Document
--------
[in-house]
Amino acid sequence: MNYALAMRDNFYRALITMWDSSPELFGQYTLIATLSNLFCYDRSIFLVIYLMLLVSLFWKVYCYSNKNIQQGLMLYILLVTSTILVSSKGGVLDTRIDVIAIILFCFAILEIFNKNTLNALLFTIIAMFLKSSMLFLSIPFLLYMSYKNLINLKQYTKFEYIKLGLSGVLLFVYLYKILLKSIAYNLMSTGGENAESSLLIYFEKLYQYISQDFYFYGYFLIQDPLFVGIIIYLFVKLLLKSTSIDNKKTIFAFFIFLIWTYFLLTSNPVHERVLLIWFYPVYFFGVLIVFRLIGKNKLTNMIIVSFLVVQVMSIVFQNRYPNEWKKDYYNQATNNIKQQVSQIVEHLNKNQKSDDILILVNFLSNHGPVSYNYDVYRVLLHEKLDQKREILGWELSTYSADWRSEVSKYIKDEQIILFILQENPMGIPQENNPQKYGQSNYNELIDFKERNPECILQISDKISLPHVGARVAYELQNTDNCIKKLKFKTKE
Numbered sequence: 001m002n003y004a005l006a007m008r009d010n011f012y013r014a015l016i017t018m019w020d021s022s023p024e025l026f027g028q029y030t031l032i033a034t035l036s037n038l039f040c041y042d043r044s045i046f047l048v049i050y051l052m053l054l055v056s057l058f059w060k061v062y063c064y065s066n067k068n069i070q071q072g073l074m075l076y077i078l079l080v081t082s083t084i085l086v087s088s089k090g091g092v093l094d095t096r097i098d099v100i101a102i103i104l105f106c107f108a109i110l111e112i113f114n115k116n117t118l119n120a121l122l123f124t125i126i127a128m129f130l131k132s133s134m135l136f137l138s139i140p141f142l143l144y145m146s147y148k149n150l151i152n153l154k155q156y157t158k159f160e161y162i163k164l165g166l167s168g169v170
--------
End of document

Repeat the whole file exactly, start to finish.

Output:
[in-house]
Amino acid sequence: MNYALAMRDNFYRALITMWDSSPELFGQYTLIATLSNLFCYDRSIFLVIYLMLLVSLFWKVYCYSNKNIQQGLMLYILLVTSTILVSSKGGVLDTRIDVIAIILFCFAILEIFNKNTLNALLFTIIAMFLKSSMLFLSIPFLLYMSYKNLINLKQYTKFEYIKLGLSGVLLFVYLYKILLKSIAYNLMSTGGENAESSLLIYFEKLYQYISQDFYFYGYFLIQDPLFVGIIIYLFVKLLLKSTSIDNKKTIFAFFIFLIWTYFLLTSNPVHERVLLIWFYPVYFFGVLIVFRLIGKNKLTNMIIVSFLVVQVMSIVFQNRYPNEWKKDYYNQATNNIKQQVSQIVEHLNKNQKSDDILILVNFLSNHGPVSYNYDVYRVLLHEKLDQKREILGWELSTYSADWRSEVSKYIKDEQIILFILQENPMGIPQENNPQKYGQSNYNELIDFKERNPECILQISDKISLPHVGARVAYELQNTDNCIKKLKFKTKE
Numbered sequence: 001m002n003y004a005l006a007m008r009d010n011f012y013r014a015l016i017t018m019w020d021s022s023p024e025l026f027g028q029y030t031l032i033a034t035l036s037n038l039f040c041y042d043r044s045i046f047l048v049i050y051l052m053l054l055v056s057l058f059w060k061v062y063c064y065s066n067k068n069i070q071q072g073l074m075l076y077i078l079l080v081t082s083t084i085l086v087s088s089k090g091g092v093l094d095t096r097i098d099v100i101a102i103i104l105f106c107f108a109i110l111e112i113f114n115k116n117t118l119n120a121l122l123f124t125i126i127a128m129f130l131k132s133s134m135l136f137l138s139i140p141f142l143l144y145m146s147y148k149n150l151i152n153l154k155q156y157t158k159f160e161y162i163k164l165g166l167s168g169v170